Shell Chemical has decided in favor of building a massive plastics and petrochemicals complex in the Pittsburgh area.
Construction is expected to start in late 2017, with production beginning “early in the next decade,” officials with Houston-based Shell said in a June 7 news release. When complete, the site is expected to have annual capacity of 3.5 billion pounds of polyethylene resin.
The project will be the first U.S. petrochemicals project built outside of the Gulf Coast of Texas and Louisiana in several decades. It will take advantage of low-priced natural gas feedstock that's been developed in the Appalachia region in recent years. Natural gas for the project will come from the Marcellus and Utica shale regions.
The complex will be located on the Ohio River near Monaca, Pa., about 30 miles northwest of Pittsburgh. “As a result of its close proximity to gas feedstock, the complex, and its customers, will benefit from shorter and more dependable supply chains, compared to supply from the Gulf Coast,” officials said in the release. “The location is also ideal because more than 70 percent of North American polyethylene customers are within a 700-mile radius of Pittsburgh.”
They added that the project will bring new growth and jobs to the region, with up to 6,000 construction workers involved in building the new facility, and an expected 600 permanent employees when completed.
Shell executive Graham van't Hoff said in the release that the Pennsylvania project “demonstrates the growth of Shell in chemicals and strengthens our competitive advantage.” Van't Hoff is global chemicals executive vice president for parent firm Royal Dutch Shell plc.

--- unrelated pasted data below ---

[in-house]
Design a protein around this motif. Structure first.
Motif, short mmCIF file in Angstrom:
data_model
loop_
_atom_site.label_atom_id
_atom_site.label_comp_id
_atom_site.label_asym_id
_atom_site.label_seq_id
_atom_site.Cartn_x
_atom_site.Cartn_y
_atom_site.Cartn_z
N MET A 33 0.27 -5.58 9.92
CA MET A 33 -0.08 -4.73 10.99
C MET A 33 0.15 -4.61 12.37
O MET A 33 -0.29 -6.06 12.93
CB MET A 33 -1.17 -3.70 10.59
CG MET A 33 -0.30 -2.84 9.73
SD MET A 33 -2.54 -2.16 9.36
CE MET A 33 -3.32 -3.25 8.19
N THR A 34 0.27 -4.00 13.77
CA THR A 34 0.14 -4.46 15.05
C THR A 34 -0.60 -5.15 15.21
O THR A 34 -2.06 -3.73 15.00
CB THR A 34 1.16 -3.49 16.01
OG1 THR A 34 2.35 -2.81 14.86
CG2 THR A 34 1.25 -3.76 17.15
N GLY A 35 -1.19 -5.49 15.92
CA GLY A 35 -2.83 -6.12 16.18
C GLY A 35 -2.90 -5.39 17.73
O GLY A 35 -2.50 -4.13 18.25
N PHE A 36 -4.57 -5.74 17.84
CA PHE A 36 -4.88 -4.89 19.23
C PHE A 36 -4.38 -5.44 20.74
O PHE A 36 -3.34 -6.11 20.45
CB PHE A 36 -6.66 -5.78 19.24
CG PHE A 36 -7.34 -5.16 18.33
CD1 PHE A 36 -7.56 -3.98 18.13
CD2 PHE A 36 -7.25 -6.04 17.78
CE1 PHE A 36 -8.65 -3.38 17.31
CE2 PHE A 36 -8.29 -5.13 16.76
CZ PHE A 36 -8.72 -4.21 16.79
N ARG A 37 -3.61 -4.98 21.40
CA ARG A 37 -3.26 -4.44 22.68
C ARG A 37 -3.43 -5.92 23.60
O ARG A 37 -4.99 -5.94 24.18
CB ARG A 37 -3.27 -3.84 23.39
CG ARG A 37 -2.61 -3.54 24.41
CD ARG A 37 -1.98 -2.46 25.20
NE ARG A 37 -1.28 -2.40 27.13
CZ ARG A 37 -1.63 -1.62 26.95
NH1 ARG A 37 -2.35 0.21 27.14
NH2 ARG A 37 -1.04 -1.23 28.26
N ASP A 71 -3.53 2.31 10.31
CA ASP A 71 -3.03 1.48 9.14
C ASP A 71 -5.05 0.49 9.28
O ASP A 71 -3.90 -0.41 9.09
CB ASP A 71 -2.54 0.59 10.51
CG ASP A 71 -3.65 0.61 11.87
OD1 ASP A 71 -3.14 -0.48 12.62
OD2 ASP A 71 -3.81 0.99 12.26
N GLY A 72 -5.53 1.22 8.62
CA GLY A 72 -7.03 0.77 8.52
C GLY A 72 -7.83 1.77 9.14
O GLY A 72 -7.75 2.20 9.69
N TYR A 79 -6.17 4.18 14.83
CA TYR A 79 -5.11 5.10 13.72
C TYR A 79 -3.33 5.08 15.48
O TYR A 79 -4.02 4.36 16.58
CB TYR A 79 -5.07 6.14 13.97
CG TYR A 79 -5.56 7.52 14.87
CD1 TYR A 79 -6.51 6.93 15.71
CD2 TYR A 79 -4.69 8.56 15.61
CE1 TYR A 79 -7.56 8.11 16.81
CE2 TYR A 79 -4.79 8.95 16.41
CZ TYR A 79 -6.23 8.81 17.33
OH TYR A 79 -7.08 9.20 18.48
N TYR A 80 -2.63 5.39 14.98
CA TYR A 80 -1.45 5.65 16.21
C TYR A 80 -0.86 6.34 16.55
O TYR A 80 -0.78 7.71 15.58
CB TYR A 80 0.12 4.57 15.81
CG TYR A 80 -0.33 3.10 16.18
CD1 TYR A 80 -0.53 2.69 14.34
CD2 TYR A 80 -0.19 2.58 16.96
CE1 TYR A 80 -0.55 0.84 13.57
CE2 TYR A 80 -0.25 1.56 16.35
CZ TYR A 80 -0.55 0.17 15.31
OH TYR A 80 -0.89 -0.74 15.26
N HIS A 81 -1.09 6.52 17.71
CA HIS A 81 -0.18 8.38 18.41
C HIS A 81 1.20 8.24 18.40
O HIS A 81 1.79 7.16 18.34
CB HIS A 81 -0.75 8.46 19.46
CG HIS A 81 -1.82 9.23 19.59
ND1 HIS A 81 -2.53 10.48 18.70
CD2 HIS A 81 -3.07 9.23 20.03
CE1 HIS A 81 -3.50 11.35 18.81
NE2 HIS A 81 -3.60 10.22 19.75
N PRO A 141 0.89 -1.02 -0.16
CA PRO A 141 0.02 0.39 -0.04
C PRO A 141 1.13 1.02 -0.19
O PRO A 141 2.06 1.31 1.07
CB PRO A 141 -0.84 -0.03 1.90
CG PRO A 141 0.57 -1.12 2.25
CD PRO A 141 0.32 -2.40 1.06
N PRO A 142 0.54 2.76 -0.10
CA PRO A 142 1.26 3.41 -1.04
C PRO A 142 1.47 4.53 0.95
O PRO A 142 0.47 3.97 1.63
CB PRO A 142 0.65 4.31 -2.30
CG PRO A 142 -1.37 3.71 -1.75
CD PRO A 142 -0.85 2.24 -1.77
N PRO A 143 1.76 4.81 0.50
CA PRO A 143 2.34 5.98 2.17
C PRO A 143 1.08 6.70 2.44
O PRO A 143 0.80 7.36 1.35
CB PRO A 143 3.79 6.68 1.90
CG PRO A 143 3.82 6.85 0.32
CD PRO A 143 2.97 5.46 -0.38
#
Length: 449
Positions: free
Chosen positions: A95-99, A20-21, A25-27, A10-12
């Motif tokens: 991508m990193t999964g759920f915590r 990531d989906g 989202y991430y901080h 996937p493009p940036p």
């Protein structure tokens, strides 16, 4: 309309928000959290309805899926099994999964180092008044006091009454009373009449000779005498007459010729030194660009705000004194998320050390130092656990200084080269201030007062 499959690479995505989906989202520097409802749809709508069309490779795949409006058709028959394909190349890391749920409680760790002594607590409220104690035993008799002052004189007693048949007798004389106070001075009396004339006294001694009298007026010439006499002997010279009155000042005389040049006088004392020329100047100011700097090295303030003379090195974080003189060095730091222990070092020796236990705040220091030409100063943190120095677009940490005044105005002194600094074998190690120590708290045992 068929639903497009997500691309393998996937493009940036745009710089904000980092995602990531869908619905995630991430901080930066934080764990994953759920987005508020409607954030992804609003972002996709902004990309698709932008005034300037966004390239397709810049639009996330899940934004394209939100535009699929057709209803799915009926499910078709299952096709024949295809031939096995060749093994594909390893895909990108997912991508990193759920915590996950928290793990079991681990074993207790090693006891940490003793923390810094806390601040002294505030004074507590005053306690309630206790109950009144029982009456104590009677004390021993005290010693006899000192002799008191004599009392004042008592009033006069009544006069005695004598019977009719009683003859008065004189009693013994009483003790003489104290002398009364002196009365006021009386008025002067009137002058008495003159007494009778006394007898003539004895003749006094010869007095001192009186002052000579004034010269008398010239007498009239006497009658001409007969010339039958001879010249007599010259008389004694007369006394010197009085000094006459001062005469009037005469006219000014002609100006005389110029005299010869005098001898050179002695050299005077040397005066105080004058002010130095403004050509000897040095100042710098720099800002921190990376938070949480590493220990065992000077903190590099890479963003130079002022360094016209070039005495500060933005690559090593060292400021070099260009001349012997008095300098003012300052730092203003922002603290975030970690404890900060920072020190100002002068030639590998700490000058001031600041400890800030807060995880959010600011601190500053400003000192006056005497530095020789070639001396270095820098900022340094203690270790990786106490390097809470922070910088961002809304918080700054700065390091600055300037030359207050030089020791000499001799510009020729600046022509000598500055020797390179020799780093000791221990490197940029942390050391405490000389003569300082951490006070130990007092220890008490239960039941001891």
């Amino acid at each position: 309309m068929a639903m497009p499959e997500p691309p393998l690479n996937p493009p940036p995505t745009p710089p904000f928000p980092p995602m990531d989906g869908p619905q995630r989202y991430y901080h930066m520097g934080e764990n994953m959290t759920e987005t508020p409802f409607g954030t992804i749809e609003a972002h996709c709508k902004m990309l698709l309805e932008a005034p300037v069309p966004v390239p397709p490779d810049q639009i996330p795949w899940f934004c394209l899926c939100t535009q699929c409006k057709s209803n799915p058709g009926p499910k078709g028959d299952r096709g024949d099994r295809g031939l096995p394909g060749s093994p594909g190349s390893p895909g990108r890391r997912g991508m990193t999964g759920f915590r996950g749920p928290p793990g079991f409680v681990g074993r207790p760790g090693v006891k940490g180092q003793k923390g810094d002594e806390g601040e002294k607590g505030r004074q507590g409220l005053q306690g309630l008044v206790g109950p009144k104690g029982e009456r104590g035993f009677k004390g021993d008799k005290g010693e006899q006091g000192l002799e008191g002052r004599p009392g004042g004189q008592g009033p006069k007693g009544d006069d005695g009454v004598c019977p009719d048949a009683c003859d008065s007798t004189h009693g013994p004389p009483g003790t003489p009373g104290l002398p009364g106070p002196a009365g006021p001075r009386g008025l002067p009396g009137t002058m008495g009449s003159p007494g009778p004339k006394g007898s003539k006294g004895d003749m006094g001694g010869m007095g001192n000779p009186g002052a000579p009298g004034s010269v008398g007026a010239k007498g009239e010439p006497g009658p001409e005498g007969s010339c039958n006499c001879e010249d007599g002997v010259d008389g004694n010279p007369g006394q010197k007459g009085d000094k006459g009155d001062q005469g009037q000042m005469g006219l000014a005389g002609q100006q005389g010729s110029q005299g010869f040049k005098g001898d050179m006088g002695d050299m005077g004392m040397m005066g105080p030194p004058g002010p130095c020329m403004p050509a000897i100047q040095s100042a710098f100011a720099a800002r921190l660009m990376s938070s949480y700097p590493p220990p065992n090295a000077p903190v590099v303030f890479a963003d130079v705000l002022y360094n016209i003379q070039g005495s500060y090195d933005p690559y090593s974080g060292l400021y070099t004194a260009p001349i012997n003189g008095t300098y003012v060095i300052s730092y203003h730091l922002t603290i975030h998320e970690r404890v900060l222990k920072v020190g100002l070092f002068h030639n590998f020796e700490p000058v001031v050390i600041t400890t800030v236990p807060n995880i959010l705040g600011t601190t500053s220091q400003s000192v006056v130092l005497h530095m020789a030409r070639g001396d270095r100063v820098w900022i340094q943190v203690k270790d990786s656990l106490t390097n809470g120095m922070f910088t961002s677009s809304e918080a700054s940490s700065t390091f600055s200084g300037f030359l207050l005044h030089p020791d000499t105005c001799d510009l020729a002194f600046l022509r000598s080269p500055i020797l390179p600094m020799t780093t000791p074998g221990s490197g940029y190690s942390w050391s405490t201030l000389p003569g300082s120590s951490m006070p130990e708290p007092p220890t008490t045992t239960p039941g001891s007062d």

Shell first announced that it was considering the project in early 2012, but company officials told Plastics News as recently as May that the firm had not made a final decision. Shell had taken several actions to prepare the site for development, including building a heavy-haul bridge across State Route 18 that would allow trucks to reach the proposed site.
Shell also had agreed to spend up to $69 million to move a water intake site from the Monaca location and build a new water treatment site for Center Township. That move would include construction of a dock facility. Pennsylvania state officials already have approved Shell's Act 2 Plan, which allows the firm to improve the environmental footprint of the site.
Most shale-based PE/ethylene projects have been aimed at the Gulf Coast, where three major expansions will open next year. Several other projects have been proposed for the Appalachian region in recent years, but the Shell project in Pennsylvania is the only one to be moving forward.
Officials and market watchers weighed in on Shell's much-anticipated decision. Chris Bezaire, PE vice president with materials maker Nova Chemicals, has seen Shell's progress first hand. He's based at Nova's U.S. headquarters in Pittsburgh, and the firm also has operations in Monaca.
Based on seeing this progress, “there was never a doubt that that this project would proceed, only natural uncertainty as to when the decision would be made and how quickly the work would proceed to ultimate completion,” Bezaire said in an email.
“I believe some people have forgotten how bright the future is for petrochemicals in North America,” he added. “Remember, we have stable government, robust infrastructure, strong economy, advanced technology, high value markets and access to some of the world's lowest cost feedstock. Long term, North America is the place to be.”
Calgary, Alberta-based Nova later this year will open a 1 billion pound-per-year capacity LLDPE line in Joffre, Alberta. Bezaire said that the shale-sourced line will be North America's first in more than a decade and that it will produce “the cleanest, most consistent resin in the market.”